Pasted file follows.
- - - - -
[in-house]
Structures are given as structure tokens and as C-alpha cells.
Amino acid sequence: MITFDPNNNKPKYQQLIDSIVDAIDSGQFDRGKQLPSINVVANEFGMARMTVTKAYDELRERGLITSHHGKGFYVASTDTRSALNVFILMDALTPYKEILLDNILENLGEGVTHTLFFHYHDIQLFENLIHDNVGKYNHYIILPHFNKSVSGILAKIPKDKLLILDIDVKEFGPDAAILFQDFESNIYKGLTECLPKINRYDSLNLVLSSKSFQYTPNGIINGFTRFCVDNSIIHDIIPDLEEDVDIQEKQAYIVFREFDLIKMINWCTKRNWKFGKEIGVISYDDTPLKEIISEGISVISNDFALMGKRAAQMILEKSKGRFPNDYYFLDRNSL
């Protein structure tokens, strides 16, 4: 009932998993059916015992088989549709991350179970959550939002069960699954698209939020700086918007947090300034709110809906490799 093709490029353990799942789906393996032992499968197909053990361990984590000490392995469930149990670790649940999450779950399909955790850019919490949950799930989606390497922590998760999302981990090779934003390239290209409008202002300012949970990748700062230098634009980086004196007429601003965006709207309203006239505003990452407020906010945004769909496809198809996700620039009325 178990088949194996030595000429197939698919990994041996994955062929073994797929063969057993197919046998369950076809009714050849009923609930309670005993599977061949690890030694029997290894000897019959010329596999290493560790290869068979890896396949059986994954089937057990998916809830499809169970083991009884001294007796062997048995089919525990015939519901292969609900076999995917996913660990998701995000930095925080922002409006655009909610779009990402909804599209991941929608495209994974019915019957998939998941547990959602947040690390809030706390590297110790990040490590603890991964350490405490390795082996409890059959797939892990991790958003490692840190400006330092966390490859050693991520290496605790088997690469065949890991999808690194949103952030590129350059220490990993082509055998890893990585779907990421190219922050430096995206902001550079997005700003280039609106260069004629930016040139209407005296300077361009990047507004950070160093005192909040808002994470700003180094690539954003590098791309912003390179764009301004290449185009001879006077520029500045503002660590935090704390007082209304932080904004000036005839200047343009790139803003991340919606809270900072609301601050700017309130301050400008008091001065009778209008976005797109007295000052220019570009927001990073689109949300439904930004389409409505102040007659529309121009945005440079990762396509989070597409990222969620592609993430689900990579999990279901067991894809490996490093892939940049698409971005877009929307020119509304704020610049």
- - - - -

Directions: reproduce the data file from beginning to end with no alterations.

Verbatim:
[in-house]
Structures are given as structure tokens and as C-alpha cells.
Amino acid sequence: MITFDPNNNKPKYQQLIDSIVDAIDSGQFDRGKQLPSINVVANEFGMARMTVTKAYDELRERGLITSHHGKGFYVASTDTRSALNVFILMDALTPYKEILLDNILENLGEGVTHTLFFHYHDIQLFENLIHDNVGKYNHYIILPHFNKSVSGILAKIPKDKLLILDIDVKEFGPDAAILFQDFESNIYKGLTECLPKINRYDSLNLVLSSKSFQYTPNGIINGFTRFCVDNSIIHDIIPDLEEDVDIQEKQAYIVFREFDLIKMINWCTKRNWKFGKEIGVISYDDTPLKEIISEGISVISNDFALMGKRAAQMILEKSKGRFPNDYYFLDRNSL
């Protein structure tokens, strides 16, 4: 009932998993059916015992088989549709991350179970959550939002069960699954698209939020700086918007947090300034709110809906490799 093709490029353990799942789906393996032992499968197909053990361990984590000490392995469930149990670790649940999450779950399909955790850019919490949950799930989606390497922590998760999302981990090779934003390239290209409008202002300012949970990748700062230098634009980086004196007429601003965006709207309203006239505003990452407020906010945004769909496809198809996700620039009325 178990088949194996030595000429197939698919990994041996994955062929073994797929063969057993197919046998369950076809009714050849009923609930309670005993599977061949690890030694029997290894000897019959010329596999290493560790290869068979890896396949059986994954089937057990998916809830499809169970083991009884001294007796062997048995089919525990015939519901292969609900076999995917996913660990998701995000930095925080922002409006655009909610779009990402909804599209991941929608495209994974019915019957998939998941547990959602947040690390809030706390590297110790990040490590603890991964350490405490390795082996409890059959797939892990991790958003490692840190400006330092966390490859050693991520290496605790088997690469065949890991999808690194949103952030590129350059220490990993082509055998890893990585779907990421190219922050430096995206902001550079997005700003280039609106260069004629930016040139209407005296300077361009990047507004950070160093005192909040808002994470700003180094690539954003590098791309912003390179764009301004290449185009001879006077520029500045503002660590935090704390007082209304932080904004000036005839200047343009790139803003991340919606809270900072609301601050700017309130301050400008008091001065009778209008976005797109007295000052220019570009927001990073689109949300439904930004389409409505102040007659529309121009945005440079990762396509989070597409990222969620592609993430689900990579999990279901067991894809490996490093892939940049698409971005877009929307020119509304704020610049």